The advantages of distributed cloud.
Distributed cloud is a mix of on-premise and (multi-) cloud computing in which the control plane for the on-premise part of the system matches that of the cloud(s). In principle, the consistent control plane abstraction makes it possible to develop software that can move between on-premise and clouds with relatively low operational effort.
Distributed cloud means that workloads that can be more cost-effectively managed on your own servers can be run that way, and more cloud-friendly workloads can run on a cloud. Both workloads target the same APIs, but there is a degree of flexibility in where workloads will be run.
In a sense, you can choose between your own infrastructure and a cloud to suit your current needs.
When the major cloud providers like Google, Amazon AWS, Microsoft, Alibaba, etc. release some of the code that runs their clouds, it improves the quality of non-cloud data centers too as they run more like the clouds of those hyperscalers.
At first glance, this is an own goal. But dig deeper, and this becomes a gateway to giving CIOs the freedom to move systems with relative ease into the cloud. CIOs are aware of this and some will be wary of the lock-in element of this strategy. Cautious CIOs know the next level up from hybrid cloud is distributed cloud where there is the same backplane across multiple providers (as well as their own data centers).
Cloud-based operational advantage
It’s clear that cloud providers have clear innovations to offer, but they are not the sole source of useful information technology. Today’s ISVs (independent software vendors) have offerings for your on-premise needs as well as existing in the marketplaces of all the biggest public clouds.
This parallel between on premises and cloud offerings means you can choose a solution, such as a new form of database management system, for instance, and have complete freedom to deploy to on-premise or cloud-provisioned hardware. You can also simply consume the existing SaaS version of that software from your chosen cloud. Want to move from on-prem to cloud or back? Simple. Want to move clouds? Again, this is straightforward.
Working with an ISV means you can use the application on a distributed cloud but not be tied to any particular public cloud provider. You can decide between choosing an on-premise-only solution or a fully managed cloud solution. Consider how, for example, you might find great value in some Amazon services, but for cost or uptime reasons, the organization you work for needs to move to Google. In this situation, an Amazon proprietary solution leaves the CIO exposed, as it is not an option on Google. A distributed cloud-aware independent software vendor solution, however, can run on Google (or any other public cloud) or be hosted in your own data center.
In this new distributed cloud world, not being coupled to any cloud provider is a strategic operational advantage.
Data location compliance and benefits
Running third-party apps in a distributed cloud also allows the CIO to better manage latency. Picture a core business application partly run by Google in California, 5,000 miles away from your Frankfurt operation. This can be a mission-critical issue if the data is latency-sensitive. Financial traders, for instance, need to make local calls that take an incredibly small fraction of a second to transmit to a server; but if the data has to travel to the US and back, that 10,000-mile round trip takes a surprisingly large number of milliseconds.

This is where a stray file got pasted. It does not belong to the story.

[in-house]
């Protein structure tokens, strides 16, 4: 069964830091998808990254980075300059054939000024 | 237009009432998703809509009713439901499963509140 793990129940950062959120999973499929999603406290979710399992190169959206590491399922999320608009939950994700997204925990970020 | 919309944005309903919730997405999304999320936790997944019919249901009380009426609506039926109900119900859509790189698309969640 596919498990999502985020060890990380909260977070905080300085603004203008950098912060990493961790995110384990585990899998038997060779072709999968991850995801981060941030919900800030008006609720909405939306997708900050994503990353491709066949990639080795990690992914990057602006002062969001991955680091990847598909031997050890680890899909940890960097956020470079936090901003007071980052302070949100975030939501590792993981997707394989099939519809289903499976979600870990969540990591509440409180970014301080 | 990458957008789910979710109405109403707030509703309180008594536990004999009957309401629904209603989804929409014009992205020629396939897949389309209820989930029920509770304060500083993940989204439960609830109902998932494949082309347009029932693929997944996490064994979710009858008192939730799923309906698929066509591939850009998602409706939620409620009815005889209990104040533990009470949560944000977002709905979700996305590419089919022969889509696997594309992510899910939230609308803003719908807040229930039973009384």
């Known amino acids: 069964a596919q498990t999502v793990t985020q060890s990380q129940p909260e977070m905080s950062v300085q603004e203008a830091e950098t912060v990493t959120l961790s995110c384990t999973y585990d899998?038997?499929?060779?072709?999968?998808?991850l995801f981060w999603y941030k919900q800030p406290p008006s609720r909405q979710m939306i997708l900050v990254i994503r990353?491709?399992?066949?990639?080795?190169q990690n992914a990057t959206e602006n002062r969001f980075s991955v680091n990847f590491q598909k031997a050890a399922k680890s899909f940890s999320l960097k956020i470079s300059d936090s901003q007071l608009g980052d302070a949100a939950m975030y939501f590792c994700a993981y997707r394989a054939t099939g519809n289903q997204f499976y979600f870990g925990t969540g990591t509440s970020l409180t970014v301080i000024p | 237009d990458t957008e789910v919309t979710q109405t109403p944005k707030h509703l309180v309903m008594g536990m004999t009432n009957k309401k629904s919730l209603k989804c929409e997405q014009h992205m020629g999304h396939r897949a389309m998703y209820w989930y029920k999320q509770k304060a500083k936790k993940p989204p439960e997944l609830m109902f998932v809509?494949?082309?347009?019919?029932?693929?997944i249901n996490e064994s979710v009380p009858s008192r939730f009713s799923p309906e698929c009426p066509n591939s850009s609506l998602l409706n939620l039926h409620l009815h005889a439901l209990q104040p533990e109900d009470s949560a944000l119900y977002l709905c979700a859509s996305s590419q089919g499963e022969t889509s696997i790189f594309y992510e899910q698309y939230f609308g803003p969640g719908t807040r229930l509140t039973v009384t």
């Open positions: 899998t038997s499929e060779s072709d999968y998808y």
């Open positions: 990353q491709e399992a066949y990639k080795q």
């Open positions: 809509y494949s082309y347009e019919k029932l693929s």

If I’m running that part of my system on the local on-prem distributed cloud, that same transaction can be completed in sub-milliseconds, which is a huge win. There’s a similar distributed cloud business advantage in the case of addressing regulatory requirements, especially GDPR. You never know where your data resides at any given moment in the public cloud, but if you have your own data center, you know the data is physically there. One of the benefits of a distributive cloud is that it gives you the ability to host some data in the cloud and some data physically on your servers. The data is still run on the same cloud operating system, but the actual data is physically located in the building next door.
When a GDPR inspector comes and wants to know where a customer’s data is held, you can say it’s in this building, on that computer, and in that rack. That’s going to help you and your data compliance officer’s peace of mind.
Workloads of the future
The move to distributed cloud will give the enterprise cloud user the computing and compliance benefits associated with geographical proximity to data, while accessing the flexibility and cost benefits cloud naturally offers as an IT service approach. It also offers the ideal on-ramp to public clouds. It enables the business to run its data center in such a way that it would be straightforward to pass across to a public cloud provider when it makes business sense.
For large, mature enterprises, distributed cloud offers numerous advantages for the CIO. While there is cost and complexity associated with distributed cloud (especially in these early days), buying into distributed cloud keeps your options open. You can choose where you will run your workloads in the future and importantly what software you will choose to run them on. The cloud providers’ software is often excellent, but it is not all the software you will need, and working with an ISV offers you extra flexibility across a distributed cloud deployment.
By Jim Webber, at Neo4j.